Year 4, Month 5, Day 8: The Song Is You

The Deccan Chronicle (India) notices climatogenic changes in bird migration patterns:

Kochi: It was a tradition in Kerala to wait for the vitthum kaikottum (seed and spade) call of the Indian cuckoo, which was the indication for farmers to begin sowing operations as the rains would not be long in coming. But that was then. Today, new species of birds have descended on the state, some never sighted here before. And climate change is said to be the reason. “The Aquila type of eagle, not historically reported in Kerala, is now commonly found.

These are commonly found in the very dry areas of Gujarat, Rajasthan and Punjab and have migrated to Kerala. The sparrow type wheatear or buntings noticed in the dry areas of central and north-western parts of the country have also been spotted across Kerala in the last few years,” says professor at the College of Forestry of Kerala Agriculture University, P.O. Nameer.

This is a new phenomenon and the presence of these birds is an indication that they are equally comfortable in the southern tip of the country as in northern parts which were their original homeland.

Ornithologist R. Sugathan says these are indications of global warming. “Birds do not migrate or come for fun. When a moist deciduous forest changes into deciduous, shedding its moist tag, a new set of birds and animals takes the place of the old. This is obvious in the changing pattern of migration of birds to Kerala. Some of them are now found going to places in neighbouring Karnataka and Tamil Nadu in search of food and breeding grounds.”

Anthropocentric thinking takes a hit. Sent April 26:

News coverage understandably tends to focus on the human face of climate change. Whether it’s an island nation anticipating its own disappearance beneath rising sea levels, or a farming culture grappling with increasingly extreme and unpredictable weather, there is no shortage of people confronting the grim realities of global warming.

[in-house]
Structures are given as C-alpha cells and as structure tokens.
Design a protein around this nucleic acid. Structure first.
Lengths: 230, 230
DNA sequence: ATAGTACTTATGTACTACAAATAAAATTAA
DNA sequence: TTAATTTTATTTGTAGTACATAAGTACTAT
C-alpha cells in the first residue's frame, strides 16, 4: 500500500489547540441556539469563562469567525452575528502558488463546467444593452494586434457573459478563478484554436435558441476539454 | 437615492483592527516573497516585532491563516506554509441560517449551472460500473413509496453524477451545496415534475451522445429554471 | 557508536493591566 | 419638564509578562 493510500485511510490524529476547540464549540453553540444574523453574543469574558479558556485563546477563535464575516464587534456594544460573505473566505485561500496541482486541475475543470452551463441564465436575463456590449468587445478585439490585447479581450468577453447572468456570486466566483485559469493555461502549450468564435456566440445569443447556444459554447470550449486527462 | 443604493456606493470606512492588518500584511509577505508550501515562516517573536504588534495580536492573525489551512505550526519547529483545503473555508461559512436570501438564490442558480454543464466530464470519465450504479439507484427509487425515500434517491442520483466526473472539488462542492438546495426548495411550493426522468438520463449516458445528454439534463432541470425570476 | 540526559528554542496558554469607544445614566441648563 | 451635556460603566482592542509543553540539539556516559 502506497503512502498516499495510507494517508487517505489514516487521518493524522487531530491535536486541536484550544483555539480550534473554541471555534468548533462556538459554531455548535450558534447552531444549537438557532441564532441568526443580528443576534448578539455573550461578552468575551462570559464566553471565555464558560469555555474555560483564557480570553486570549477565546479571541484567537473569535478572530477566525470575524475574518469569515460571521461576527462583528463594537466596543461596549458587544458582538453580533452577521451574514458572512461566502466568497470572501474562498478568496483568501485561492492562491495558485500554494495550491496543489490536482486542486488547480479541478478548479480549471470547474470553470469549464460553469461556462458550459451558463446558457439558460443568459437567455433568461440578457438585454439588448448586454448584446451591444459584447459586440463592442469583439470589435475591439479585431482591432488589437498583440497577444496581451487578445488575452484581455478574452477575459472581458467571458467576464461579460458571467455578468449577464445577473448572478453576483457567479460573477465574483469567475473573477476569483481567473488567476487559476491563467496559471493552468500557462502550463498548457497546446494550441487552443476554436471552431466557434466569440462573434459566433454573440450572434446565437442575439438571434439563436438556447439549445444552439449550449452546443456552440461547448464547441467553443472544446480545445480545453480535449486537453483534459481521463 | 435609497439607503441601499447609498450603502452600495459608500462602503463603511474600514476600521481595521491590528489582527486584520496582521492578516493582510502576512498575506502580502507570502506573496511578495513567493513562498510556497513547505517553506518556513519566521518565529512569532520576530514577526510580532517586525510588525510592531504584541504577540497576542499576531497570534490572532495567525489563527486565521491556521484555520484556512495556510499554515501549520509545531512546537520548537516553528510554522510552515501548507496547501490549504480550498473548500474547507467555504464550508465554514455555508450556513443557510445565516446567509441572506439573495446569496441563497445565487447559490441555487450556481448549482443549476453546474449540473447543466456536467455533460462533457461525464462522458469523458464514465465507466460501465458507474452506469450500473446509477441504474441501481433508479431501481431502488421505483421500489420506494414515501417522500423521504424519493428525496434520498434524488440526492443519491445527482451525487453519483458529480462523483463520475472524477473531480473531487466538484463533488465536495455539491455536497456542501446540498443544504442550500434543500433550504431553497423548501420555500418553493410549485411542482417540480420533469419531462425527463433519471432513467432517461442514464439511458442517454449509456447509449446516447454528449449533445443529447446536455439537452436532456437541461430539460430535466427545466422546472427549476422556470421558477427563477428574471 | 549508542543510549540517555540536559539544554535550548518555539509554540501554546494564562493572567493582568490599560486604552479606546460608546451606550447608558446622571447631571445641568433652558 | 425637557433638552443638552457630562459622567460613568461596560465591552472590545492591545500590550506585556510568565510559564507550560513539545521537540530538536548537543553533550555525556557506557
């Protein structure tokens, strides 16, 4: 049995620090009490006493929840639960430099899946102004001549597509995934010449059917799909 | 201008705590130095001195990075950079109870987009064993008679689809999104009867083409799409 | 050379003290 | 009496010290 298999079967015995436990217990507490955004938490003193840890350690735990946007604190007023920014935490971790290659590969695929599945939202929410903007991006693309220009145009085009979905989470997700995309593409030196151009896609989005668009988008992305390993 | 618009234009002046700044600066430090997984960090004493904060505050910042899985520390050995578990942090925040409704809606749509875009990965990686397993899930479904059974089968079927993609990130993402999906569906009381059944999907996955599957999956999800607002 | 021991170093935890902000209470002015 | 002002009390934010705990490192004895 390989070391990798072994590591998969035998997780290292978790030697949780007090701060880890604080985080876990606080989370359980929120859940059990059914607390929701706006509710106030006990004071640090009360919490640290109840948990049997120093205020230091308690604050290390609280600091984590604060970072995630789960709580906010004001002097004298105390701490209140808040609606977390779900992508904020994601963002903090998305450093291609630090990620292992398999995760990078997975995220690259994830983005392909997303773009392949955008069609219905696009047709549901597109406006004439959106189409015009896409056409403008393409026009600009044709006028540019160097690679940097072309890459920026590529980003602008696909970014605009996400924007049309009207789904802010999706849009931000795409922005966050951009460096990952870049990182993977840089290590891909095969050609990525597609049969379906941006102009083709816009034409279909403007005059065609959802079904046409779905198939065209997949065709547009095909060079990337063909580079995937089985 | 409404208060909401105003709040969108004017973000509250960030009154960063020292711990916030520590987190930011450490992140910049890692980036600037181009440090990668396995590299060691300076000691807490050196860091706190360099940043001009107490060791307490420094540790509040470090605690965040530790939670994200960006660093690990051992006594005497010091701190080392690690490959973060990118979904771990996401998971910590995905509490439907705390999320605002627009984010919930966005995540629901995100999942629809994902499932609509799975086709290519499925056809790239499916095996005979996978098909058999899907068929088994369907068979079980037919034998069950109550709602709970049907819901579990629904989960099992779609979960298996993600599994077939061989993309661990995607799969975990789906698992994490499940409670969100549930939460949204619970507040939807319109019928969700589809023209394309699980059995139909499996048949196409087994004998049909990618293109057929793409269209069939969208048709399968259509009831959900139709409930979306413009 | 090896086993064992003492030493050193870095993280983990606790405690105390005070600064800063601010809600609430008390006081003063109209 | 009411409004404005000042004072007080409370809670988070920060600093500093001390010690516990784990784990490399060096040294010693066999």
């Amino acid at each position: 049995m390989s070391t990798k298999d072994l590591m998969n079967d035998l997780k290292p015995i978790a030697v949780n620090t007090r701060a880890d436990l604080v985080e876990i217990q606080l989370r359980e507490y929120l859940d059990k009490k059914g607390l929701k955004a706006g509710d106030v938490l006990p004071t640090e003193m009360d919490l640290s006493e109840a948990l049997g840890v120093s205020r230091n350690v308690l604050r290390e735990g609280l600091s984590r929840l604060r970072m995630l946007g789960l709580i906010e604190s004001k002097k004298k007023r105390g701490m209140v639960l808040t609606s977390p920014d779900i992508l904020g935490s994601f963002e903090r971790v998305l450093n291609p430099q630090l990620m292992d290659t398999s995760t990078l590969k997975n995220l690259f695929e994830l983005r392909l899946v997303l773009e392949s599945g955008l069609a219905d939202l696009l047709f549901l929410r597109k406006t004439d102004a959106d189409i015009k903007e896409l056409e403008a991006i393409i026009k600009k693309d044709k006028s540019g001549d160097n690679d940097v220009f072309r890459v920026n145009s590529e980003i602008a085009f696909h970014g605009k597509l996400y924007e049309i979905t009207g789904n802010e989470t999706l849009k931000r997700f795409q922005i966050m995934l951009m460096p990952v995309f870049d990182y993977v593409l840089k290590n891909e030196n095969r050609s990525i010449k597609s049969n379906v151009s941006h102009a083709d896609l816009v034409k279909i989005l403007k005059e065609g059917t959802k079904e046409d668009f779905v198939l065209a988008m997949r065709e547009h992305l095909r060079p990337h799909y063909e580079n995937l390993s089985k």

But our own species isn’t the only one affected. At all levels of scale, from microscopic plankton to giant sequoias, the great web of Earthly life is being torn and disrupted by the consequences of industrial civilization’s two-century carbon binge. When hitherto unfamiliar bird species come visiting, it’s as much an indicator of climate change as melting glaciers or drought-cracked farmlands. While the arrival of the Aquila eagle or the Stonechat may be a brief boon for birdwatchers, it is an ominous sign of things to come. It’s not only humans who’re becoming climate refugees as the greenhouse effect intensifies.

Warren Senders

Year 4, Month 2, Day 14: And Because I Love You, I’ll Give It One More Try

The North Andover Eagle-Tribune reports on climate change in New England:

One of the harbingers of change has been the lobster industry, which Wahle called a kind of “canary in a coal mine.”

Maine fishermen have set record harvests over the past few years, perhaps due in part to higher water temperatures and fewer groundfish, which prey on young lobsters. Fishermen off Newburyport have also reported good harvests, with last year being among the best.

Meanwhile, in southern New England, it’s an entirely different story. Mass lobster kill-offs in Long Island Sound have been caused by warming waters, Wahle said, while a disease that infects lobster shells has been spreading northward through the sound and into Massachusetts waters.

“(The disease) seems to have stalled out just south of Cape Ann,” Wahle said.

If the disease spreads further north, it could have a devastating impact on northern New England’s lobster fisheries, Wahle said.

As of Feb. 6, the comment thread on this article was 100% denialist stupidity. Sent, with an optimistic tag:

New England’s not alone in feeling the increasing impact of global warming. While specific symptoms of climate change vary from place to place, regions everywhere around the planet are affected. Whether it’s drought in the corn belt, unseasonal monsoons in Asia, or warmer winters fostering pine beetle infestations in Colorado, the consequences of the greenhouse effect are hitting people painfully. Some communities may reap temporary benefits — like Maine lobstermen who are hauling in a bumper harvest — but since warmer winters may bring an end to the state’s skiing industry, there’s no real positive economic impact on a wider scale.

If there is any upside to the accelerating climate crisis, it is that our species’ future requires us to realize that what we do today in our own narrow corner of the world will affect people thousands of miles — and hundreds of years — away. Only by recognizing that political boundaries and cultural differences are irrelevant in the face of the gathering storm can we humans make a happy and prosperous future for our posterity.